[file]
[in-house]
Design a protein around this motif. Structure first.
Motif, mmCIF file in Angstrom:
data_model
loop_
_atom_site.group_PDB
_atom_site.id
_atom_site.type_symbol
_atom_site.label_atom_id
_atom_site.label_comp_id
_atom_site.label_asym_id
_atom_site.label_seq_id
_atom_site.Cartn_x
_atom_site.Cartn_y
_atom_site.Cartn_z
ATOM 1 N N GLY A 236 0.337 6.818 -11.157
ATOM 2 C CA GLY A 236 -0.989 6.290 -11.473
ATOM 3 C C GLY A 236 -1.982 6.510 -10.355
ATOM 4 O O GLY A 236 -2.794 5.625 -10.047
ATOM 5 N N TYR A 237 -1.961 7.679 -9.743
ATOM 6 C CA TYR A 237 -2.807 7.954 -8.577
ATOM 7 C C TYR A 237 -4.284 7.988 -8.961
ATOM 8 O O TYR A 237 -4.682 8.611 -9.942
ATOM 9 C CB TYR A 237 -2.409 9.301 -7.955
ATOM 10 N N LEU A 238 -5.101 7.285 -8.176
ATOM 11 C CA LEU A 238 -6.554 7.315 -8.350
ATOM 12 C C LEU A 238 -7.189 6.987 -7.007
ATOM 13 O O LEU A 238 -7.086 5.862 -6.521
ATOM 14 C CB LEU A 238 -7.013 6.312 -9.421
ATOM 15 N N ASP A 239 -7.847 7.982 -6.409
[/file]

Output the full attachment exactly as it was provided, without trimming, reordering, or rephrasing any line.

[in-house]
Design a protein around this motif. Structure first.
Motif, mmCIF file in Angstrom:
data_model
loop_
_atom_site.group_PDB
_atom_site.id
_atom_site.type_symbol
_atom_site.label_atom_id
_atom_site.label_comp_id
_atom_site.label_asym_id
_atom_site.label_seq_id
_atom_site.Cartn_x
_atom_site.Cartn_y
_atom_site.Cartn_z
ATOM 1 N N GLY A 236 0.337 6.818 -11.157
ATOM 2 C CA GLY A 236 -0.989 6.290 -11.473
ATOM 3 C C GLY A 236 -1.982 6.510 -10.355
ATOM 4 O O GLY A 236 -2.794 5.625 -10.047
ATOM 5 N N TYR A 237 -1.961 7.679 -9.743
ATOM 6 C CA TYR A 237 -2.807 7.954 -8.577
ATOM 7 C C TYR A 237 -4.284 7.988 -8.961
ATOM 8 O O TYR A 237 -4.682 8.611 -9.942
ATOM 9 C CB TYR A 237 -2.409 9.301 -7.955
ATOM 10 N N LEU A 238 -5.101 7.285 -8.176
ATOM 11 C CA LEU A 238 -6.554 7.315 -8.350
ATOM 12 C C LEU A 238 -7.189 6.987 -7.007
ATOM 13 O O LEU A 238 -7.086 5.862 -6.521
ATOM 14 C CB LEU A 238 -7.013 6.312 -9.421
ATOM 15 N N ASP A 239 -7.847 7.982 -6.409